SUPERIOR, Colorado — Superior’s Board of Trustees on Monday voted to allow people who are rebuilding due to the Marshall Fire to opt out of a 2014 code requiring sprinkler systems inside homes.
In many cases, the cost to meet the requirement would have added $20,000 to $30,000 for families.
“That was great news because that was a lot of money that we don’t have, and if we stayed with that, then God only knows if we would ever get home,” said Elsie Chavez, who has lived in Superior for more than 50 years.
She and her family have five lots of land in Old Town, also known as Original Town, in Superior. With other factors like inflation, supply chain issues and the growing cost of materials, adding a sprinkler system was a barrier to their future construction plans.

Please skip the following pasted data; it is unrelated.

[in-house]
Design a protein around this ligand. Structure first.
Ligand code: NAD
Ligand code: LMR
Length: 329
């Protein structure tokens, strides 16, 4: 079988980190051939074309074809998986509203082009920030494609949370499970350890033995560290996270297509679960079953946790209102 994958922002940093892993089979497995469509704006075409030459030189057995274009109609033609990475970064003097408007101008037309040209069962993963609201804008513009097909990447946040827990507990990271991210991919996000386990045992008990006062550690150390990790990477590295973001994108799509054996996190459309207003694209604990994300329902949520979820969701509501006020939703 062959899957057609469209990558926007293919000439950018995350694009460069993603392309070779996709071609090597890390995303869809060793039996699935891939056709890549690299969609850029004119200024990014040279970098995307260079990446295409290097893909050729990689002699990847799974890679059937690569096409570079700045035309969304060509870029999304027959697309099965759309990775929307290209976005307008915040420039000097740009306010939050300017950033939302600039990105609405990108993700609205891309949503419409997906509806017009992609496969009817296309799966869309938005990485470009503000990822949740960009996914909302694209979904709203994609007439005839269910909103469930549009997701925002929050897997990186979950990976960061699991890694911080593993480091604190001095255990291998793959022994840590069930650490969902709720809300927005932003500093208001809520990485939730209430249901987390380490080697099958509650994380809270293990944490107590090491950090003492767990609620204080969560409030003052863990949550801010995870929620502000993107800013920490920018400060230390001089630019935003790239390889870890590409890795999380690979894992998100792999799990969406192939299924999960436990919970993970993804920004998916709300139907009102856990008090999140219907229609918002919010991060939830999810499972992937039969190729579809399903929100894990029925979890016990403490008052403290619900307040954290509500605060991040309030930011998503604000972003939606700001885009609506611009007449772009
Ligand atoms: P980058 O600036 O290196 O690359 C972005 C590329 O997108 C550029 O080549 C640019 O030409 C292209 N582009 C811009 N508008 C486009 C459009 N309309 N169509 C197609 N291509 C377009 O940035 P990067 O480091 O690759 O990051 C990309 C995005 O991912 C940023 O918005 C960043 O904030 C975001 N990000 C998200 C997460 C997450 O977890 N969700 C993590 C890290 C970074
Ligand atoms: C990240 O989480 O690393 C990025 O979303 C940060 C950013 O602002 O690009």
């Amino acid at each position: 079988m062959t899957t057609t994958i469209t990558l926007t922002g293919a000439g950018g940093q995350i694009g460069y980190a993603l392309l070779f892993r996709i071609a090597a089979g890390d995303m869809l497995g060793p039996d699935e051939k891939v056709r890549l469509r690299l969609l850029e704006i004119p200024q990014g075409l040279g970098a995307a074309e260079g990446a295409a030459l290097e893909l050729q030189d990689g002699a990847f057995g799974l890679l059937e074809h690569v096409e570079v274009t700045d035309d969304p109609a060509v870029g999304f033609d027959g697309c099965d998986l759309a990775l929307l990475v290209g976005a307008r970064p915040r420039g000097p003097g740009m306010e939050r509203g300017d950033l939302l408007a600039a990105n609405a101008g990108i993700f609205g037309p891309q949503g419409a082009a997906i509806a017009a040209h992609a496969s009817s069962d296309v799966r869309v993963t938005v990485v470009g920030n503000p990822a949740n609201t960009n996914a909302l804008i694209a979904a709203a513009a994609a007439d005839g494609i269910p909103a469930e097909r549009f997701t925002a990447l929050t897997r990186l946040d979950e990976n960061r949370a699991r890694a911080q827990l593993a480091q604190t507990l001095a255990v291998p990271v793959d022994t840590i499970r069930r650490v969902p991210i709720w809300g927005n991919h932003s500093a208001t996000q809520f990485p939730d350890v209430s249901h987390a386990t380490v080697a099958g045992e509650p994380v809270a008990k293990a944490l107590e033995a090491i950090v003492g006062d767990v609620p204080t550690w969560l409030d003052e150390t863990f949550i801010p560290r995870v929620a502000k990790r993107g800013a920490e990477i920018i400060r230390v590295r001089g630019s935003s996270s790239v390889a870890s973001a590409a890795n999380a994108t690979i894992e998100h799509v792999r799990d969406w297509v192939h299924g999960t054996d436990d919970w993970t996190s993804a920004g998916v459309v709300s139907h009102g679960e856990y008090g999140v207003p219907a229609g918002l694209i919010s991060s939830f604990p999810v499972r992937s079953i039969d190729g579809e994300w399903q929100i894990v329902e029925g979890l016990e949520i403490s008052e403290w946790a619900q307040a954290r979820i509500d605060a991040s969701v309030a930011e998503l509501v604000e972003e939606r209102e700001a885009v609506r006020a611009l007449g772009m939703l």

“We’re blessed that everything got to go in our favor this time,” Chavez said. “Now we can start, because we were kind of like on hold.”
The next step in the process is to apply for a building permit and put down a foundation on their properties.
Mayor Pro-tem Mark Lacis said they created the opt-out alternative only for fire victims. Those who are constructing new builds otherwise will still have to abide by the sprinkler requirements.